Cold comfort on a sweltering night in Salt Lake City.


NATO's longest mission: failed. PHOTO: Jon Raedle / Getty

NATO looks to trade-up its adversaries

If the G7 was a pricey launch party for previously agreed-upon policies, then what was this week's NATO Summit? The 30 members of that tired mutual defence pact promised to deepen their partnership and protect the rules-based international order. Anodyne, stale, and unimaginative. China was given a poke for posing a "systemic challenge" , but Shanghai is quite some distance from the Atlantic. Some of the more forward-thinking member states pushed for greater preparedness for present threats like climate change. Without the foil of a brash Moscow, the North Atlantic Treaty Organisation resembles an answer in search of a question. Indeed, the Biden-Putin summit later in the week had none of the media-friendly bellicosity; it was a relatively productive conversation . And while most leaders at the NATO summit were keen to try on new threats, there was very little enthusiasm to discuss the longest mission: Afghanistan.

But NATO Secretary-General Jens Stoltenberg was having none of it. He brushed off the issue saying, "Afghanistan has come a long way, both when it comes to building strong, capable security forces, but also when it comes to social and economic progress. At some stage, it has to be the Afghans that take full responsibility for peace and stability in their own country". I guess it doesn't matter whether that statement is true or not because NATO member states have already withdrawn, or are in the process of doing so. Meanwhile Afghanistan's "strong, capable security forces" are being overwhelmed by the Taliban all across the country. Dozens of special forces soldiers – the tip of the spear – were killed in a Taliban assault Faryab province this week. Tarin Kowt , the capital of Uruzgan province, will almost undoubtedly fall this year. The Pentagon believes that Al Qaeda and ISIS will regroup in the country "within two years".

When Stoltenberg insists that Afghans "take full responsibility", he's speaking on behalf of an international community that has grown weary of the conflict. The Afghans must themselves be weary too. Of waiting for NATO to take full responsibility for propping up the loathed Hamid Karzai after he stole an election. Of fighting alongside the corrupt provincial governors who ran the opium trade. And of the feared police militias who indirectly funded the Taliban with untold millions in bribes to their protect convoys, and radicalised a generation of Afghans by accidentally bombing their villages.

Has Biogen cracked Alzheimer's? PHOTO: Biogen / AP

An Alzheimer's breakthrough is swiftly broken

We live in an ageing world. Nearly every country on the planet (bar 18) has a rising life expectancy and an ageing population. The proportion of us aged over 65 tripled in the second half of the 20th century. By the midpoint of the 21st, one in six humans will be 65 or over. With this enormous demographic shift come the attendant health issues. Complex, interlocking, and often untreatable issues. Alzheimer's, a disease of cognitive decline that accounts for two-thirds of dementia cases, looms as a global health challenge. Many of us have had intimate, challenging, and sometimes heartbreaking experiences with a family member or friend living with Alzheimer's.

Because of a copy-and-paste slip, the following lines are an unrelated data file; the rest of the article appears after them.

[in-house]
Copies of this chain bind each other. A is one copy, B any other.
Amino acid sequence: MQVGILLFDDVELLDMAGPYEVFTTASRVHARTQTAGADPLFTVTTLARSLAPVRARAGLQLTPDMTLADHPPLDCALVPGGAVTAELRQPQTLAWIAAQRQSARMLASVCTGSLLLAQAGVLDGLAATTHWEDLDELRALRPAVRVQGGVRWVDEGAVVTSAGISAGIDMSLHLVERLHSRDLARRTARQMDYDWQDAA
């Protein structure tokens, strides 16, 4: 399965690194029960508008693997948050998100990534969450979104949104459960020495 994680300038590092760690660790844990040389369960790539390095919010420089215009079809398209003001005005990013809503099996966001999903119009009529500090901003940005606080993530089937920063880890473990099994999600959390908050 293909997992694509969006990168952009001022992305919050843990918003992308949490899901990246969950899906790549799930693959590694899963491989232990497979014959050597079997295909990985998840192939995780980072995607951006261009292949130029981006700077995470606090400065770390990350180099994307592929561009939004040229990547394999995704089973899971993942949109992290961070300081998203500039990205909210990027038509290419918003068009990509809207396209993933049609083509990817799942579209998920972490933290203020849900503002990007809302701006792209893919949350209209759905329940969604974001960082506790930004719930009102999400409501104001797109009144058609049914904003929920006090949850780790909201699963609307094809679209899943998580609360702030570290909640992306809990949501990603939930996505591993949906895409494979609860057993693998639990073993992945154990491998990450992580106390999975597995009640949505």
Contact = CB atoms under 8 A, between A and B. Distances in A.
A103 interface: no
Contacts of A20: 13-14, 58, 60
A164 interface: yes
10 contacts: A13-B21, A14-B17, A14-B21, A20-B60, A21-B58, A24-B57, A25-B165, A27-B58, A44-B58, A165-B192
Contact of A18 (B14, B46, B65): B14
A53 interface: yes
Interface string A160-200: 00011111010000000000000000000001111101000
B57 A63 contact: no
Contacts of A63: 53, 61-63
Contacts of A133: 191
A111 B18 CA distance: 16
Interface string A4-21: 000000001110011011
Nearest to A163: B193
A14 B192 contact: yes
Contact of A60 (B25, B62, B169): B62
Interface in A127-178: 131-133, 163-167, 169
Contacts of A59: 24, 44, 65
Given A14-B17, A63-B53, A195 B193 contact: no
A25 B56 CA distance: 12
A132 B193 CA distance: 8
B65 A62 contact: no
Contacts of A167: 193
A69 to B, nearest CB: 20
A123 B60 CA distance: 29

Which is why any news of an Alzheimer's treatment – such as the new drug that the US Food and Drug Administration (FDA) signed off on last week – draws global interest. This treatment named Aduhelm is a monoclonal antibody that has been shown to reduce brain plaque; the buildup of beta-amyloid proteins that interrupts brain signals. It is the first new treatment in nearly two decades . But the excitement was modulated quickly by criticisms from scientists, politicians, and public health experts. Aduhlem has received approval for its ability to reduce beta-amyloids. The kicker is that the scientific community is split as to whether beta-amyloid build-up is the cause of Alzheimer's, not merely a symptom of it. Biogen, the Massachusetts pharmaceutical company that developed Aduhelm, failed to show unambiguously that it is effective in slowing cognitive decline.

The treatment, which would likely incur a Medicare copay of $11,000 , is also prohibitively expensive. And might not even work. But this ought not be a reason to lose hope. Dementia-related treatments are once again a source of significant research capital. Just this week another US drug-maker took further steps with an Alzheimer's medication that targets Tau proteins in the brain .

The worst of times

Peatland to dryland. PHOTO: Shutterstock

No more Islay scotch